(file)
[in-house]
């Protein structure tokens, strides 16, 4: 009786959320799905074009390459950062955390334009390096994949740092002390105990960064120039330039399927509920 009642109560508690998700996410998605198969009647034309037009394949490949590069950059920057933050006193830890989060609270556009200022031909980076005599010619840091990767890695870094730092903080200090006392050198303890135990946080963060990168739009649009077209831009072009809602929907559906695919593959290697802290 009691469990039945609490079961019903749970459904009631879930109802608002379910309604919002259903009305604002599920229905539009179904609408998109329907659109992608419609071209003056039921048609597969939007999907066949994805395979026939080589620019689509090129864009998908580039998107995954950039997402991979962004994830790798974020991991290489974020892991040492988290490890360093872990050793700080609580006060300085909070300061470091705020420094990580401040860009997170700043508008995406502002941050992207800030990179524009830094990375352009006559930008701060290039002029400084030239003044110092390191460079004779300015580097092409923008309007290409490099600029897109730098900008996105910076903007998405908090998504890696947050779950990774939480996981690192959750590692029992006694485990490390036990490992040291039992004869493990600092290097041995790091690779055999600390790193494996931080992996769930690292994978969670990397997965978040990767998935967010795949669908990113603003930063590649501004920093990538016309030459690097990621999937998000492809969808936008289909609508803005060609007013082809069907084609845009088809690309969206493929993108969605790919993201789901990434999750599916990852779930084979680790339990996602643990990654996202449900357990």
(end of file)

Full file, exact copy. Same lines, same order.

[in-house]
């Protein structure tokens, strides 16, 4: 009786959320799905074009390459950062955390334009390096994949740092002390105990960064120039330039399927509920 009642109560508690998700996410998605198969009647034309037009394949490949590069950059920057933050006193830890989060609270556009200022031909980076005599010619840091990767890695870094730092903080200090006392050198303890135990946080963060990168739009649009077209831009072009809602929907559906695919593959290697802290 009691469990039945609490079961019903749970459904009631879930109802608002379910309604919002259903009305604002599920229905539009179904609408998109329907659109992608419609071209003056039921048609597969939007999907066949994805395979026939080589620019689509090129864009998908580039998107995954950039997402991979962004994830790798974020991991290489974020892991040492988290490890360093872990050793700080609580006060300085909070300061470091705020420094990580401040860009997170700043508008995406502002941050992207800030990179524009830094990375352009006559930008701060290039002029400084030239003044110092390191460079004779300015580097092409923008309007290409490099600029897109730098900008996105910076903007998405908090998504890696947050779950990774939480996981690192959750590692029992006694485990490390036990490992040291039992004869493990600092290097041995790091690779055999600390790193494996931080992996769930690292994978969670990397997965978040990767998935967010795949669908990113603003930063590649501004920093990538016309030459690097990621999937998000492809969808936008289909609508803005060609007013082809069907084609845009088809690309969206493929993108969605790919993201789901990434999750599916990852779930084979680790339990996602643990990654996202449900357990």